AfterShokz Global Ambassador Dan Cox here, to offer some tips for Managing Multisport. Triathlon is an incredible sport, consisting of a series of unique endurance challenges you must tackle to get to the finish line. The rush I get in each sport is unique, and the feeling of crossing a triathlon finish line is unmatched – you’ve just conquered three demanding endurance sports!
The biggest challenge for me isn't race day, but rather finding the time to get in the appropriate amount of training across all FOUR disciplines; swimming, biking, running, and nutrition (yes, I do consider nutrition a discipline since it’s a crucial element to nail for race day success). Time management is a triathlete’s best friend, and something I continue to work on each year I compete.
Here are a few of my tips for getting the most out of the time you have to train, and each element of the triathlon:
Make a Plan
My coach, Gareth, is big on laying out a plan for my season. His process is simple and involves these steps:
1. Set a specific goal.
The key here is specificity. Do you want to just finish, or do you want to finish in a certain time? Write this goal down where you'll see it daily. Keeping your goal top of mind will ensure it’s always a priority. Challenge yourself with this goal!
2. Perform a test to find out your current fitness level.
There are many ways to determine your fitness level. The most important thing, no matter how you go about it, is getting baseline data so you can track improvement. While I recommend enlisting the help of an expert, another popular way to set a baseline is finding a short route around your neighborhood and running it all out. Write down your time. Come back in a few weeks, repeat the same loop, and see if your time has improved.
3. Build a plan that takes you from where you are now to where you want to be.
For a busy guy, this is where hiring a coach pays off for me. But even if you don’t have a coach writing workouts for you, there are countless online training plans you can download for free created by experts.
4. Monitor your progress using simple technology and performance tests.
Regular monitoring and repeating the tests I did in step 2 allow me to track the progress of my training and make sure I am doing the appropriate amount of work.
Prioritize Your Time
Dealing with one sport or activity can be difficult, and it gets exponentially harder when you are managing multiple sports. Prioritizing your time for where you’ll see the most gains is a great way to ensure you’re always advancing in the sport. Unfortunately for me, my least favorite part of a triathlon is also arguably the most important from a time perspective- the bike.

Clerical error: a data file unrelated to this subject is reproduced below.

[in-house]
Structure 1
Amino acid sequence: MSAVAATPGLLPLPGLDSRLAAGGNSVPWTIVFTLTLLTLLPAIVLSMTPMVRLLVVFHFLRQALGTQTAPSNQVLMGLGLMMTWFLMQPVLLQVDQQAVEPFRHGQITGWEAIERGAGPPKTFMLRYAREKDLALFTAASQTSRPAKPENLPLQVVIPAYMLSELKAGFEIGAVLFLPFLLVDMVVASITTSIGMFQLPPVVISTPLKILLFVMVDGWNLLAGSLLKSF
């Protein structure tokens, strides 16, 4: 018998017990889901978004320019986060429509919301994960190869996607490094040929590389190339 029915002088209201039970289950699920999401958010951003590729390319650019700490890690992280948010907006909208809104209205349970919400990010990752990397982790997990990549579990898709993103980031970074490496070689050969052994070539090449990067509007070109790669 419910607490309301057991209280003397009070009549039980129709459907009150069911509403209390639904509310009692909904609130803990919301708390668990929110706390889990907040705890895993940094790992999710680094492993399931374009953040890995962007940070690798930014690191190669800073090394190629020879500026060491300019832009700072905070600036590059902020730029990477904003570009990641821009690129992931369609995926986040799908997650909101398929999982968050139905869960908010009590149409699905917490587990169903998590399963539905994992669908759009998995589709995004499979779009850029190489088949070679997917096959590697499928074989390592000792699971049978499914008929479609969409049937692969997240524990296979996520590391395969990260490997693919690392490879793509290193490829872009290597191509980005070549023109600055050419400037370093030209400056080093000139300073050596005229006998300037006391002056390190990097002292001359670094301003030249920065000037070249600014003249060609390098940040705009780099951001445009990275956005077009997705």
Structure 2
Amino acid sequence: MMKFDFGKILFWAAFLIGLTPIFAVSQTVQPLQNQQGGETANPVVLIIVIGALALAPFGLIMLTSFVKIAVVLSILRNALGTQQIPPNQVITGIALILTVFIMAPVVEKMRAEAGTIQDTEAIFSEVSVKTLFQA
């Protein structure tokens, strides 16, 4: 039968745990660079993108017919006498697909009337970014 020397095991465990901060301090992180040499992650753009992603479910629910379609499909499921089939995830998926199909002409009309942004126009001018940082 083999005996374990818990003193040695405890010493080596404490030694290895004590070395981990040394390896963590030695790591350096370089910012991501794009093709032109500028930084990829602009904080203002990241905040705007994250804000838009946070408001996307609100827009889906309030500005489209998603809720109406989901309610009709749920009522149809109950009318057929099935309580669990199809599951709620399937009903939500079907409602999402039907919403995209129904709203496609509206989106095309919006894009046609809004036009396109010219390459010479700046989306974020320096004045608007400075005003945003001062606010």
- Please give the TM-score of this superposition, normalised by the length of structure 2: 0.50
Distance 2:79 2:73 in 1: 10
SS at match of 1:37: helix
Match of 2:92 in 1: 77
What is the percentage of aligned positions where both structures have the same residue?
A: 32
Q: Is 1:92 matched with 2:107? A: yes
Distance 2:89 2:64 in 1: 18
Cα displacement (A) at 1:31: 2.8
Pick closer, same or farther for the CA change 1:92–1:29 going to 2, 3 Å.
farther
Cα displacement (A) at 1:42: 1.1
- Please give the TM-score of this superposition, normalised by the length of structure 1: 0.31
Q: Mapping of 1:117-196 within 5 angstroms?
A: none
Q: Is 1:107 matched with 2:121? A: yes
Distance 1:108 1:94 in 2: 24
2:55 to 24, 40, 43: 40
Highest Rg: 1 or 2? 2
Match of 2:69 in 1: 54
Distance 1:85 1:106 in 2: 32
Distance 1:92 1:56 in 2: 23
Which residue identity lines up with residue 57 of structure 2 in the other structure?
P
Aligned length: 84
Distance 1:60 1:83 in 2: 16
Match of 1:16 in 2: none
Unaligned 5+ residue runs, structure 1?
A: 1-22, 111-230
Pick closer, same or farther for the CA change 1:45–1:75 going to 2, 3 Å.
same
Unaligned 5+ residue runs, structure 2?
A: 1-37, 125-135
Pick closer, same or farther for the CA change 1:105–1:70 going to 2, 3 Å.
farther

Getting saddle time in is a difficult challenge for most triathletes, but time in the saddle can often yield the most significant gains in race-day performance, so it’s crucial to figure out a way to get the time in. One tip is to schedule one or two shorter training days during the week where you focus on speed or tempo work. The increased intensity will ensure you get the most of the time you have.
Training to Eat
Nutrition is the fourth discipline that all triathletes need to train for. This doesn't just include race day, but your daily life as well. Finding the time to eat healthy while managing life can be difficult but if you want to see the best results, you need to fuel your body correctly.
My top key to success is planning ahead (sense a theme?). Try different fuel and fueling strategies early-on so you can learn what works best for you and be prepared for race day.
Understanding the Impact of the Swim
In most triathlons, the swim is the shortest distance in the event and by far takes up the least amount of time for most competitors. It is also usually the most labor-intensive sport to train for; the time to drive to the pool and back a few times a week can really add up! While focusing on the bike and run should be a priority, if you can't make it through the swim, you won't get to that finish line!
One of the most critical ways to respect the swim without spending a ton of time each week is focusing on form. Swimming is all about form; creating less drag will make it easier. Find swim drills that will increase your speed and efficiency. Also, consider joining a local masters class if you have one! You’ll get on-deck coaching without needing a 1:1 coach, and the structured workouts will improve all aspects of your swimming.
Finishing It off with the Run
You’ve made it through swimming. You pedaled your way through the bike course, and now, it’s just you and your running shoes that will take you to the finish line.
You can’t fake your way through running fitness; you'll need to work on this throughout the year. It’s also when most people will see you during the race, so you need to look gooood!
A few things that help make my run training seem a little easier.
- Fall in love with brick runs
- Going for a run immediately after a bike ride is a great way to get your body ready for what’s to come on race day. Your body will respond very differently when completing these disciplines back-to-back.
- Swim to Run bricks are also a great way to add miles. Jump on the treadmill at the gym after you’re out of the water to increase mileage.
- Listen to something interesting
- I love being able to run with a good book or podcast on. Throwing on my AfterShokz and listening to something great makes the miles melt away.
With so much going on, you cannot be your best if you don’t map out how training will fit in with the rest of your life. Writing everything down and making time for each aspect of the race will yield excellent results on race day. When life does happen, focus on your most essential workouts and stick to your plan as closely as possible. The planning and effort will pay off with a hard-earned finisher medal and bragging rights for days!